For those savvy investors who can look further ahead, 2023 has all the hallmarks of being a good year to consider your next property investment. In particular, there are two strategies which are likely to offer the greatest chance of success over the next 12 months and on into the future.
the key may be to invest in new property with an eye on the future – preferably in a way that allows you to borrow down the line when the mortgage market has returned to normal and borrowing costs are once again reduced.
The first is to invest off-plan at a point before construction is complete. This is a tried and tested investment strategy which offers even more value now than it did in the past. By following this strategy, you can purchase a at its 2023 below-market value before house prices are predicted to rise. Furthermore, agreeing a purchase off-plan now means that you will pay on completion and avoid the worst of the high borrowing costs by waiting until the mortgage market returns to normal in the future. The balance of an off-plan purchase will be due in years to come when rates have returned to normal.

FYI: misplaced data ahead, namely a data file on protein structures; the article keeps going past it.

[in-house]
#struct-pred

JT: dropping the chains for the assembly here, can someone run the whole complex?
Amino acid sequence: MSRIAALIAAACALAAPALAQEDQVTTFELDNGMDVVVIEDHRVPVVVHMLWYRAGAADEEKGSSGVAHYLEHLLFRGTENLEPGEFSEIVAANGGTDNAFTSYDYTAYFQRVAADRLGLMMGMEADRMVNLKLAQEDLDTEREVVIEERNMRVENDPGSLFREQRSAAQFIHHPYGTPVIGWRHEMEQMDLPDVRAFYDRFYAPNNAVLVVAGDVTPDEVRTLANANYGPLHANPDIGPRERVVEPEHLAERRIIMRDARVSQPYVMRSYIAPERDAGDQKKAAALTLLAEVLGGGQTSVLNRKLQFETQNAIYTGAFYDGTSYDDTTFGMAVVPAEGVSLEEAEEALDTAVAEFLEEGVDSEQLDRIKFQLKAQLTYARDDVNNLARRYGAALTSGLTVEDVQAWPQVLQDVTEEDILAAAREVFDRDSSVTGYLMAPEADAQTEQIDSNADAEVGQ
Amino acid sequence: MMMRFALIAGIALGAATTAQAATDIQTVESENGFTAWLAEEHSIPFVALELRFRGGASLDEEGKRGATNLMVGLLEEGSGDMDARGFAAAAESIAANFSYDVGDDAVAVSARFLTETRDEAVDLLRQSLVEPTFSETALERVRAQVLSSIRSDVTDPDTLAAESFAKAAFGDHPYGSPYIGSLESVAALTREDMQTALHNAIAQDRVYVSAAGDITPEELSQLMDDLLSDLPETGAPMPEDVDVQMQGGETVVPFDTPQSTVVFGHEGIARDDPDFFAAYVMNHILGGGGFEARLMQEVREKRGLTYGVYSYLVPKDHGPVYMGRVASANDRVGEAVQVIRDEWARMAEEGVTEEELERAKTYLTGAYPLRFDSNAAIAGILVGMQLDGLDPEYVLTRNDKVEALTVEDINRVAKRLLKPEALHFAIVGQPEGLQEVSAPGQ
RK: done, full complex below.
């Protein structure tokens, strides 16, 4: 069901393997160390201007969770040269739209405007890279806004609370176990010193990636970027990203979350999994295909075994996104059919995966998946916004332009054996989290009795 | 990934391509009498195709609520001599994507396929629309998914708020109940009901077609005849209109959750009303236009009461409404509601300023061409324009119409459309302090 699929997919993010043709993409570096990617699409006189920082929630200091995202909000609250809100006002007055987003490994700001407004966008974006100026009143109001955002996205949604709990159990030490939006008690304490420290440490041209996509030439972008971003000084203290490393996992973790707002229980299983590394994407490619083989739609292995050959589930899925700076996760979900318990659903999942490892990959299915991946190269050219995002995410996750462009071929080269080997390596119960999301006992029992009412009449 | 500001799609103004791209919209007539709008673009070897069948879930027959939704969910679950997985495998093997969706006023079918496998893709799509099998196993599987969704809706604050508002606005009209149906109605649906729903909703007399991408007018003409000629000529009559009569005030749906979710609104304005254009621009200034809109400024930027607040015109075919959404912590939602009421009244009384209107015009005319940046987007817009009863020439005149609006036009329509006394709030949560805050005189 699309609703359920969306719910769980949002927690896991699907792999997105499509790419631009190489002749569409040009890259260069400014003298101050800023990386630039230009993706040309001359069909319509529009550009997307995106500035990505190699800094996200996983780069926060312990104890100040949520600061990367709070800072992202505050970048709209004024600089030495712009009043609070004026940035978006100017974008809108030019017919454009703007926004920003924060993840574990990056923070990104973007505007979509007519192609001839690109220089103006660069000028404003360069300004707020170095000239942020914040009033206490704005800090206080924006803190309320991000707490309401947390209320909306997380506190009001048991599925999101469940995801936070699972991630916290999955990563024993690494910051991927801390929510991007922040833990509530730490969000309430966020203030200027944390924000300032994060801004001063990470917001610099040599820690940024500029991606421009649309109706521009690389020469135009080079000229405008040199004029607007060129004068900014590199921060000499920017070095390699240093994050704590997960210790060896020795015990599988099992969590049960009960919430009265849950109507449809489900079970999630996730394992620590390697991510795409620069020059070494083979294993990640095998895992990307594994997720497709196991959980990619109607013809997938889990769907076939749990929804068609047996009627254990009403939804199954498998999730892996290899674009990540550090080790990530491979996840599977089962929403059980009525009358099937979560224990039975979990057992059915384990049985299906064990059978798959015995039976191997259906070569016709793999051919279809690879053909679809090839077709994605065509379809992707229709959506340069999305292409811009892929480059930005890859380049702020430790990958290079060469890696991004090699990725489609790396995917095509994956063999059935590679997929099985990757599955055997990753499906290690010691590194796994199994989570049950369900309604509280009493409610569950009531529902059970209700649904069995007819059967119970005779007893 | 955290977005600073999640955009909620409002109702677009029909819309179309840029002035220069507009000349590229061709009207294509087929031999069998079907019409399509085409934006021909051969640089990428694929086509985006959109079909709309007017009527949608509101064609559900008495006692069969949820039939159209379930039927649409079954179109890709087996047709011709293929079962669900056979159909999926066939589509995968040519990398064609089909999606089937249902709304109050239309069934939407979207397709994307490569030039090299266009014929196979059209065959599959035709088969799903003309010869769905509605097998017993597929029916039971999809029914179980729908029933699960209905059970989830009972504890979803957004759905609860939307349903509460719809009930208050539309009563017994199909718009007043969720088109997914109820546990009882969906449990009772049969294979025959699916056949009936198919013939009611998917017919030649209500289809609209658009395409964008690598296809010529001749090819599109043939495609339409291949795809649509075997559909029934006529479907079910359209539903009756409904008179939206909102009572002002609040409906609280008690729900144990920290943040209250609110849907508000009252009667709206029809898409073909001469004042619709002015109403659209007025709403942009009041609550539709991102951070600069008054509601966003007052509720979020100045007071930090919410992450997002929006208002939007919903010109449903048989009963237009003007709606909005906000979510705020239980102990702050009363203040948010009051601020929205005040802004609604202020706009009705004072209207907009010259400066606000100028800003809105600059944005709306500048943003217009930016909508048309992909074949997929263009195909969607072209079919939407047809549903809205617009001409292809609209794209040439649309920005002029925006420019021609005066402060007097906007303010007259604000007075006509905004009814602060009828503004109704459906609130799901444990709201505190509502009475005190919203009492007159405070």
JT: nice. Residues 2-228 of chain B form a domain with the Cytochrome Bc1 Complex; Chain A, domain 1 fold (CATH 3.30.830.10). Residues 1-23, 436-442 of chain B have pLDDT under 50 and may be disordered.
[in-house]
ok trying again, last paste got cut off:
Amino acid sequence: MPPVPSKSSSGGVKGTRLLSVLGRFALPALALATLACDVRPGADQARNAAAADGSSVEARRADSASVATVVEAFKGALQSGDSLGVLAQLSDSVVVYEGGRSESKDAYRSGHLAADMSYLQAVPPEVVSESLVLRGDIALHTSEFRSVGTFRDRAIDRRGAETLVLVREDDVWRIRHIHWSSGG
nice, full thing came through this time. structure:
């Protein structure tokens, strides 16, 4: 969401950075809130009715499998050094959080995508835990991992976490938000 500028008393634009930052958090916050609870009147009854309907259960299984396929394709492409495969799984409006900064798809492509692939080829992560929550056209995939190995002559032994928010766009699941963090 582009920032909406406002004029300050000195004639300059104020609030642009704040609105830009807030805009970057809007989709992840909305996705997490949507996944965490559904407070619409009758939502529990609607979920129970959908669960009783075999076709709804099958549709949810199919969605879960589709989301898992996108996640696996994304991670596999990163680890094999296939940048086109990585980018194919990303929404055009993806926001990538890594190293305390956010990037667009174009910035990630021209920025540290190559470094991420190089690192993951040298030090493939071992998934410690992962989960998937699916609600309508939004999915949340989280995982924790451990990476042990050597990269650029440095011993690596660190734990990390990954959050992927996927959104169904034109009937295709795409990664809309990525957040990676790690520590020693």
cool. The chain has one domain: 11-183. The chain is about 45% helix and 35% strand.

The second strategy to take advantage of the current and predicted mortgage rate situation is to buy in cash. By using this approach, you can avoid high mortgage rates now and save money immediately when compared to investors who borrow to fund their purchase.
After completion in the future, you will have the opportunity to benefit again by remortgaging the properties at more favourable rates and benefit even more.
Both of these methods offer significant advantages which make the best of the current and predicted property situation in 2023. While it is true that there are warning signs with regard to house prices and mortgage rates, the strength of the rental market and the opportunities available to investors make 2023 a good year to invest in UK property.
To learn more about investing and our available opportunities, get in touch with the team today by clicking here >>